Stories about Freedom of Speech from October, 2013
Zambia's President Michael Sata has publicly lambasted former Information and Broadcasting Permanent Secretary Emmanuel Mwamba for issuing national broadcasting licences to two private radio stations and non-Christian radio stations.
Scenes and images related to the Cultural Revolution were removed abruptly before and after Ballett Dortmund's Red Dream opening performance in Hong Kong.
How ready is Egypt for Bassem Youssef's latest round of satire? Netizens react to the first episode of El Bernameg (The Programme), which was greeted with lawsuits.
The Greenpeace activists locked up in Murmansk may be suffering the worst luck of anyone in the ongoing scandal surrounding Russia's Arctic drilling, but they aren't the only ones hurting.
"The warrant makes it clear that police are investigating the political organizations that are somehow embedded in this year's protests, trying to identify (read: forge) a conspiracy."
Carles Mateu, who refused to speak in Spanish to officers during a routine traffic stop in Valencia, was sentenced to six months in prison and had his driver's license revoked.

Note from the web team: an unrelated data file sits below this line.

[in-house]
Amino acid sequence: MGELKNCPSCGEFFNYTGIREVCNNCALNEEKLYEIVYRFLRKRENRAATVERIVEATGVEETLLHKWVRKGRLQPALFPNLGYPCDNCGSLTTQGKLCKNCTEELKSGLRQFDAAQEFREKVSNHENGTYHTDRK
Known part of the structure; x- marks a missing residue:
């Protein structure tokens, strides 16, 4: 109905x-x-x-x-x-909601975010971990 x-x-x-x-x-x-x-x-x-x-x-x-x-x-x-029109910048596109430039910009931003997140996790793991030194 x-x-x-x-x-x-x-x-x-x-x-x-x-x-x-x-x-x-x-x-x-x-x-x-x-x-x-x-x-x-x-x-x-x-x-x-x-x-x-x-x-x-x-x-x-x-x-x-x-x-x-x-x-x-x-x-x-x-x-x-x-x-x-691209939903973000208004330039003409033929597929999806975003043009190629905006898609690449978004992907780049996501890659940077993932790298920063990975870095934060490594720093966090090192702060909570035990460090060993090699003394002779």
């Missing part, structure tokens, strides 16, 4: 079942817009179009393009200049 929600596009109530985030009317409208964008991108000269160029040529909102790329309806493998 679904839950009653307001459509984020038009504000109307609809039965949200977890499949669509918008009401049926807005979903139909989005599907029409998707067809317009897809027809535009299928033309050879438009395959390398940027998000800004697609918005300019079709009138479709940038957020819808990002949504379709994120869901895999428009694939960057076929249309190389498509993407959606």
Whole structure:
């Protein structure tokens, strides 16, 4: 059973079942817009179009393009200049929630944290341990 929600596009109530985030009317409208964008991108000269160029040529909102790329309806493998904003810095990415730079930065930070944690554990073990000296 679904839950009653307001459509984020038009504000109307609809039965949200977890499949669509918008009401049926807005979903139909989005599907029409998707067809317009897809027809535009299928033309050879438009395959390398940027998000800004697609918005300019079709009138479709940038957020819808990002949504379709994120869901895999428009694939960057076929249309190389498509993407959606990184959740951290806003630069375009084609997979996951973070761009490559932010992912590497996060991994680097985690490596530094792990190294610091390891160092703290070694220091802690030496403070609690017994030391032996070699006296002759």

Journalists and watchdog organizations are outraged by the sentencing of Macedonian journalist Tomislav Kezarovski to four and a half years in prison for an article he wrote.
Relatives of prisoners, including children, who were denied from meeting their loved ones during Eid Al Adha, are now being detained in Saudi Arabia, after staging an "illegal" protest.
Three teenagers have been arrested in Morocco. Their crime? The first two were arrested for kissing in public, and the third for photographing them.
Activists are campaigning for the release of Syrian media activist Rami Al Razzouk, 25, who was kidnapped on October 1 after negotiations with his kidnappers reached a deadlock.
A number of websites, among them popular social media platforms Instagram and Pinterest, have been blocked in Morocco. Also, one of the main independent media outlets, Lakome, has been censored.
Pakistan's online community has not taken kindly to the Sindh provincial government's talk of banning the messaging apps temporarily in the interest of security.
Online censorship and police repression on the streets are problems yet to be overcome in Brazil, bloggers wrote.